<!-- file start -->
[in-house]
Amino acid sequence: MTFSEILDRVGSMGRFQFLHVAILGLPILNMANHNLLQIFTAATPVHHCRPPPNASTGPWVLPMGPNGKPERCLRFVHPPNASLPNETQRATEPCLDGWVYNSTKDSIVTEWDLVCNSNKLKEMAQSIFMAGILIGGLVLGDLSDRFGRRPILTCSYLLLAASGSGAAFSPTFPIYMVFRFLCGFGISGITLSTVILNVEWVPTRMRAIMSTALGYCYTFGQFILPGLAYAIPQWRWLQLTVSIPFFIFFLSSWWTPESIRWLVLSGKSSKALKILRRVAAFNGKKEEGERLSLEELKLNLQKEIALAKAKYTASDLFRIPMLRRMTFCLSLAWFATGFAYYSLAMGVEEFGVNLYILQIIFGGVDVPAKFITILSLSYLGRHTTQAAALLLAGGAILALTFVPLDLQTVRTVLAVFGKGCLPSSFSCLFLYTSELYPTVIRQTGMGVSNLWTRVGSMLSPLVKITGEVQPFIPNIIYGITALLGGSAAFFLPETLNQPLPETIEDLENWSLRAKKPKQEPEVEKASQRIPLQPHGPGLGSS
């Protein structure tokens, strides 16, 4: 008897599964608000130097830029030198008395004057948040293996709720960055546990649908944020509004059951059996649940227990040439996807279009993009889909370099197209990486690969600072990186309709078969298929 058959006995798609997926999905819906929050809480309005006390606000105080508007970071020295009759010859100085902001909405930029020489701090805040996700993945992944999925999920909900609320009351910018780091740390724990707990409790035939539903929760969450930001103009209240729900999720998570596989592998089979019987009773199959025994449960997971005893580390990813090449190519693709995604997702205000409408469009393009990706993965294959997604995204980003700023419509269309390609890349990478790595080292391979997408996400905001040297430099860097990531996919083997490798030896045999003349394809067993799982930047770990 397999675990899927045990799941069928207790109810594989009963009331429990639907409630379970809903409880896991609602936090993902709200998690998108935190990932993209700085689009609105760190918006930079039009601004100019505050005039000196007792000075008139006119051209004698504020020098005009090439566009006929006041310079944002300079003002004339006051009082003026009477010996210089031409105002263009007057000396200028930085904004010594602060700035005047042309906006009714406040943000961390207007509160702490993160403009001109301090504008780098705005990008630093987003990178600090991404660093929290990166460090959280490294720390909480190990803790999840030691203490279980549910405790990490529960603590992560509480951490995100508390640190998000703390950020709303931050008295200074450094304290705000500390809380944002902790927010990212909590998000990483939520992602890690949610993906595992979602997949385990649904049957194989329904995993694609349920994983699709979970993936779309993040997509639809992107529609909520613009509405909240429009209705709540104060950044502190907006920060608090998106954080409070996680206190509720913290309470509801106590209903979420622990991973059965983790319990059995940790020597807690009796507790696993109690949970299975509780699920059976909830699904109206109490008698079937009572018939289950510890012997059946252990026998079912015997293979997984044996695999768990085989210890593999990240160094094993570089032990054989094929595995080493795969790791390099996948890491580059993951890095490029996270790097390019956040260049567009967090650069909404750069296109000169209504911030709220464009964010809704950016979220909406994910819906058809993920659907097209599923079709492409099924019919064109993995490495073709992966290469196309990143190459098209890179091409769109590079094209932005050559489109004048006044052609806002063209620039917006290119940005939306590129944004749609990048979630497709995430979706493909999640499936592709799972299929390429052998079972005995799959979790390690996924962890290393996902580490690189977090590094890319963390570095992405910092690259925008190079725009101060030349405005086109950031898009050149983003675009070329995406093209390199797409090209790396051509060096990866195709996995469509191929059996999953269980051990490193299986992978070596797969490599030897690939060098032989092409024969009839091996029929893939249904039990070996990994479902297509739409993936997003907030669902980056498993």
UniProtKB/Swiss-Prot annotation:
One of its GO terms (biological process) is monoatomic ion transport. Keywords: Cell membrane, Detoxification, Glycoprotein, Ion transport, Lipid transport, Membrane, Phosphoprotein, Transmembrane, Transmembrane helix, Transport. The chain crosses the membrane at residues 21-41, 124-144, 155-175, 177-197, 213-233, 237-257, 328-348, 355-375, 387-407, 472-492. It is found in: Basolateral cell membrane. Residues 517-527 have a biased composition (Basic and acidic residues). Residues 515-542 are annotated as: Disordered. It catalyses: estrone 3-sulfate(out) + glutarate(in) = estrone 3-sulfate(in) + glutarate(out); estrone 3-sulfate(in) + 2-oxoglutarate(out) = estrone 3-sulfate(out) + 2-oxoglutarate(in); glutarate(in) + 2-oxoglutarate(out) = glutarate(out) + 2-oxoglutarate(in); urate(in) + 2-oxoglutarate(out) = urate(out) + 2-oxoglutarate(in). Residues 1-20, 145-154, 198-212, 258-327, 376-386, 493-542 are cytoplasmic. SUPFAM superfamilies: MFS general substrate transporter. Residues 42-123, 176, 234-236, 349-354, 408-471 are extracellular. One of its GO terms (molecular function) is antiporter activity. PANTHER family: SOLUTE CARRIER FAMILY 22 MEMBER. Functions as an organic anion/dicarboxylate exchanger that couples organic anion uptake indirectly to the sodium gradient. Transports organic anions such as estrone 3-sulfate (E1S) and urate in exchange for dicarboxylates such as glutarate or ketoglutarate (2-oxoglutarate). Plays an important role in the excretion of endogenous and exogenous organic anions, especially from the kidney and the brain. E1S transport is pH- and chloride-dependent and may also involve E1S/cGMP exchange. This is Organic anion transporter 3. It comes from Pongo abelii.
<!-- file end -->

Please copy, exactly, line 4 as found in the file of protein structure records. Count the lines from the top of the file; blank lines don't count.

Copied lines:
UniProtKB/Swiss-Prot annotation: